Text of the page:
Overall the guitar lines on the EP really sound poetic to me like telling their own story and matching your pained stories and passionate voice just wonderfully. Like in ‘Black Night’. Natural chemistry between you and guitarist August Churchill?
“August was the first official Rich Girl and he’s a lifer like me. He gets what’s in my head. But he’s a much more tasteful guitar player than I am. I always push him to go insane. You can hear that on Black Night. It’s glorious.”
After more than 2000 years sexism and racism are still a dreadful problem. Why is it that humans, in general, isn’t capable of living in harmony and with respect for each other? “Too many people operating out of fear and small-minded judgement.”
When a group is fronted by a woman many music writers spell that fact literally… ‘this is a female fronted band’. I can’t remember I ever read ‘this is a male fronted band’. Does that bother you?
“It bothers me when it flattens out the meaning. As if all women in music stand for the same thing. They don’t.”
How does it feel to be a woman in a country where the president-elect is an abusive sexist and that his followers – millions – obviously don’t care about that?
“It feels horrible. Like we turned back the clock 100 years. And also like we’re racing toward a violent end. But one thing it’s done is liberate my hatred toward bigots. I feel zero obligation toward compromise of any kind. Not with family, not with friends, not with anyone.”
How easy or how hard is it to express the songs’ intense and intimate sentiments vocally when you’re on a stage, Luisa?
“With Rich Girls I found a voice and a style and it was the first time I really started to take chances. I’ve fronted a band before but I really learned how to sing in Rich Girls. The vocals are at their best live.”
Any joint rituals before the band hits the stage?
“I’ve always loved trios because there’s nowhere to hide. And that can be a rush but you also feel vulnerable sometimes. So I started this ritual before shows where I make the guys stand in the dressing room with me and we have to make ourselves big. Meaning you try to take up as much space as possible—stretch your arms, plant your legs. And the idea is if you imitate the physical action of being powerful, you also trick yourself into feeling it and then you can take that feeling with you on stage. It sounds bizarre but it works.”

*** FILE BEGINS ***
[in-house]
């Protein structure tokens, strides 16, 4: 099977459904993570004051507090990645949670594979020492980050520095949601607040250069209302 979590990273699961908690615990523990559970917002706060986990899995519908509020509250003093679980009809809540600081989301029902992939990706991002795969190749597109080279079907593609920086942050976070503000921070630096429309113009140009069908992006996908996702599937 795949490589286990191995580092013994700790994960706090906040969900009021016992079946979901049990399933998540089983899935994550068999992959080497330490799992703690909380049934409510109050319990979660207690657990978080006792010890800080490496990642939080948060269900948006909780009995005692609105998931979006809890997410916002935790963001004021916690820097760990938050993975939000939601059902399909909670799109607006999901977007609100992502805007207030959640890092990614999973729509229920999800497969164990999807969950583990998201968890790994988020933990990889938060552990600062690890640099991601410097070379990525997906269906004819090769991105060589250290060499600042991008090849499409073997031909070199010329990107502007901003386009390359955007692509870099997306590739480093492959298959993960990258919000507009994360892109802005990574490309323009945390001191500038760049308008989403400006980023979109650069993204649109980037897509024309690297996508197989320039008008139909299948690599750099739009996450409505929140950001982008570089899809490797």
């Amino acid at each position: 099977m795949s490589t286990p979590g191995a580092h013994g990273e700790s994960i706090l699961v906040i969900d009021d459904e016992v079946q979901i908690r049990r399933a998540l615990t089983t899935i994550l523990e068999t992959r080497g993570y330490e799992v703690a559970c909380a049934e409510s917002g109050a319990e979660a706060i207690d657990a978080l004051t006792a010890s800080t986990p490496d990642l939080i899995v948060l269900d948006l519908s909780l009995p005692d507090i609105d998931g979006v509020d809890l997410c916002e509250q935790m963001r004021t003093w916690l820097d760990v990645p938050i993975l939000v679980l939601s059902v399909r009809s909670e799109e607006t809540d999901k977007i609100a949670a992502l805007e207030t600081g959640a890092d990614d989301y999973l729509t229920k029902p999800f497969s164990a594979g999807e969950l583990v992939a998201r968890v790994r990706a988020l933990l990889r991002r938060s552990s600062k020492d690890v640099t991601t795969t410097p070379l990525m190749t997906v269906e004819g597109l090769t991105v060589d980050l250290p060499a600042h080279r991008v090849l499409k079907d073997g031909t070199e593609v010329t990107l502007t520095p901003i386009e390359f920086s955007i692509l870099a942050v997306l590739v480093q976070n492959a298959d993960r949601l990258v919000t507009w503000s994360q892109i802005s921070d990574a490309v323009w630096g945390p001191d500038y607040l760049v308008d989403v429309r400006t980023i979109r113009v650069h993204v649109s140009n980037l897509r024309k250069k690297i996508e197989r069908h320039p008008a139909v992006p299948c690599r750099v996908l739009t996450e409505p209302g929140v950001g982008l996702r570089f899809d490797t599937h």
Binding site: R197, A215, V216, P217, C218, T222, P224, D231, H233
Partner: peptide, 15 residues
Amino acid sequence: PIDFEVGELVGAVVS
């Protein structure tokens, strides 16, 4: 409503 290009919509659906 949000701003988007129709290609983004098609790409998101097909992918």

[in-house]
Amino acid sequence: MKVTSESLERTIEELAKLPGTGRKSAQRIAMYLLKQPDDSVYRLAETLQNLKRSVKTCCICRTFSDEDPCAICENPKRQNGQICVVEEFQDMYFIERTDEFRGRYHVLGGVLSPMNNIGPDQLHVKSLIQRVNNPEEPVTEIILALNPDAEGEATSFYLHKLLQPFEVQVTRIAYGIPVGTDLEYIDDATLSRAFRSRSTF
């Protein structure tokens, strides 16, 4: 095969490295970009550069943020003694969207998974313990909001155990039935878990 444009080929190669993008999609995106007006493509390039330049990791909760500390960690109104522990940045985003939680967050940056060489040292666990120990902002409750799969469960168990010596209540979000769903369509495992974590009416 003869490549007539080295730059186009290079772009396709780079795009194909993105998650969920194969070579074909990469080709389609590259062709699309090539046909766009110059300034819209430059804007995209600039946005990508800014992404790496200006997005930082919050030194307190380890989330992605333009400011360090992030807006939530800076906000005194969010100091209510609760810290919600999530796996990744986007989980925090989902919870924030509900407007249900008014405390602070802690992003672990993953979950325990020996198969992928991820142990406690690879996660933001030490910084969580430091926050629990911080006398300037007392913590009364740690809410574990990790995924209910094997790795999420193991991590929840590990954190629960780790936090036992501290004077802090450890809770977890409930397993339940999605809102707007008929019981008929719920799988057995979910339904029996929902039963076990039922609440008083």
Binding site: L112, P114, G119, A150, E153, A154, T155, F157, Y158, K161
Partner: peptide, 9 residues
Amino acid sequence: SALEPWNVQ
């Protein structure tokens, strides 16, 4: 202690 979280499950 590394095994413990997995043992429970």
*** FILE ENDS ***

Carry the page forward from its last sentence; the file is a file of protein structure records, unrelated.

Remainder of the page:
What song made you cry in 2016?
“Kate McKinnon singing Cohen’s Hallelujah. Brutal.”
What album had an impact on your heart this year?
“I’m going to answer with a single. Beyonce’s Formation. What an incredible gesture.”
The number one artist on your list to tour the world tour with?
“Adele. I’m her dark punk alter ego.”
Social media: a blessing or a pain in the ass?
“A self-inflicted surveillance mechanism.”
If you could travel in time which artist would you ask to co-write a song with Rich Girls?
“I would time machine back to the moment Iggy was writing Neighborhood Threat and say let’s do this one together.”
Chrissie Hynde or Karen O?
“I’ve had both haircuts. Don’t make me choose.”
Jeff Buckley or Nick Cave?
“You’re cruel. Nick Cave.”
Saddest event of 2016?
“The presidential election. By far.”
Happiest event of 2016?
“Casting my vote for the first woman president of the United States.”
Many thanks for this interview, Luisa. May the road rise with Rich Girls…
“Free music. Just take it. We’re making our entire digital catalog free. Do not pay for it. Repeat: do not pay for it. If you pay for it we will donate every cent to some oppositional group like Planned Parenthood Action or the Southern Poverty Law Center. But we don’t want your money and we’re not asking for donations. Just take it if you want it + keep the underground flame.”